believe," and who would be angry if you told them they do not! They forget the difference between the belief of the understanding and the belief of the heart. It surely is easy enough to believe a thing you have been taught from your cradle, and which your common understanding, your common reason, your common sense tell you must be true, because it is written in the word of God. But, my brethren, that is no belief of the heart. Such a belief produces no change whatever in people's conduct. No true repentance accompanies this kind of belief; and condemnation is only increased by it. Yet this is the way Satan deceives the greatest number of so-called Christian people. The apostle says: "Believe in the Lord Jesus Christ, and thou shalt be saved." They say: "We do believe; we cannot deny the truth of the gospel; we know it is from heaven; we know that Jesus died to be the propitiation for sin." And alas! many of them then conclude that they shall go to heaven. They forget the first requisite; the absolute necessity for the new birth of the Holy Spirit, the changed heart, which alone can enable them to believe with the heart; as St. Paul says, "unto salvation." "Except a man be born again, he cannot enter the kingdom of God, our Lord says. And then, since many fancy they are born again, though living in opposition to the revealed will of God, there is a proof left by which to judge them, and by which they may judge themselves if they please: "If any man be in Christ Jesus he is a new creature. Old things are passed away; behold, all things are become new.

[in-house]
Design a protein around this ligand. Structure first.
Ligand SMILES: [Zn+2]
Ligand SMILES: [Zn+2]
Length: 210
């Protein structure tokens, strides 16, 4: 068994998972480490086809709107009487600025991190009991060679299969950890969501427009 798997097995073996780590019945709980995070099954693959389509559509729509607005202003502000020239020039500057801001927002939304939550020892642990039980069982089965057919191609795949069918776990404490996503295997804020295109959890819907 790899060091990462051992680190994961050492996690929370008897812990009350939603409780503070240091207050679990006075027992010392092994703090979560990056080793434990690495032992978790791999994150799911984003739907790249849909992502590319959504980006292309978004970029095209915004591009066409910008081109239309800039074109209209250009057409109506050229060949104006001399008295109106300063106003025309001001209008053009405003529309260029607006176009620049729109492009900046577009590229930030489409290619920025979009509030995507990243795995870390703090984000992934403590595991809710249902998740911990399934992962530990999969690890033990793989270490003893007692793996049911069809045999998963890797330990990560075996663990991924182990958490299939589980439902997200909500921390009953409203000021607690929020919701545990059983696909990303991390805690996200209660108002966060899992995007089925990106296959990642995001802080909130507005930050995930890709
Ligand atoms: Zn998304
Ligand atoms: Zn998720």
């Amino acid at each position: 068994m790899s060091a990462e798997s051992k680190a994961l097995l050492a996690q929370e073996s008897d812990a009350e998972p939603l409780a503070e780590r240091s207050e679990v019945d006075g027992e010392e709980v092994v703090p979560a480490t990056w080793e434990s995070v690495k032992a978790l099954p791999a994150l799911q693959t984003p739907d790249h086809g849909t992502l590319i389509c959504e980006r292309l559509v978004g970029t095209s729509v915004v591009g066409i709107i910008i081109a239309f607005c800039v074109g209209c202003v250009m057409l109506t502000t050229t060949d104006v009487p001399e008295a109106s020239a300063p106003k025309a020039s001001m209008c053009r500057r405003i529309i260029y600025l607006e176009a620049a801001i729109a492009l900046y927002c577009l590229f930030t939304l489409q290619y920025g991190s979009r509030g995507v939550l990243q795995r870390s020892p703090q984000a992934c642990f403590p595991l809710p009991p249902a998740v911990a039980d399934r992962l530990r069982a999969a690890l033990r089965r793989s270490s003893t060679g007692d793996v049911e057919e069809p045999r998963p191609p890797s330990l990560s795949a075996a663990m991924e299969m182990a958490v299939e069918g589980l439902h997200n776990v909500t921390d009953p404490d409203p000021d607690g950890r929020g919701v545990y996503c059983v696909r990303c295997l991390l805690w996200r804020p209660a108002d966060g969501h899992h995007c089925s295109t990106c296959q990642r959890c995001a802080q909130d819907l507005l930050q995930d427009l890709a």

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So be not deceived, my brethren. If you are living contrary to God's commandments, if you yet love sin, if you yet go on following your own inclination, whatever you may think, whatever you may say, whatever you may profess, yours is no belief of the heart; for your heart is yet unchanged, and you are "Judge

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not believing unto salvation." I say this

to warn you, not to condemn you. yourselves, that ye be not judged of the Lord." But I encourage you when I tell you that Jesus Christ died to make the propitiation for your sins, and that even now, if you turn to him in real belief, the great atonement he made upon the cross is allsufficient to remove your iniquities, and to make you just in the sight of God. Then, if you would be saved, "Seek the Lord while he may be found." Give up your fancies, your false trust in the mercy of God. I say false trust; for it is grievous to find people living in carelessness and disobedience and wickedness, and yet saying they hope to

be saved because God is merciful. Such trust is false, and will lead to hell unless given up; for God is just as well as merciful, and must condemn impenitent sinners to everlasting wrath.

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My brethren, beware of such false trust: it is a snare of the wicked one to entrap your souls. Act according to the word of God, not according to your own fancies, or according to what people ignorant of God's word will tell you. Unless the Spirit of God is in your hearts, you can never know the truth nor the blessings of his gospel; you can never know the benefit of such a truth as I have brought before you to-day. Is the Spirit of God in your hearts? Not-most certainly not while you are living a wicked, careless life; while you are in the unrenewed, unconverted state. And while you are in this state you are in the state of condemnation; and, if you die in this state, your soul will be lost for ever O, may God grant unto you the gracious and wonderful influences of the Holy Ghost to convince you of the truth of his gospel, and to convert your hearts to him, and to make you new creatures in Christ Jesus; that you may possess the everlasting blessings of that propitiation which he made for sin when he poured out his blood on the cross at Calvary.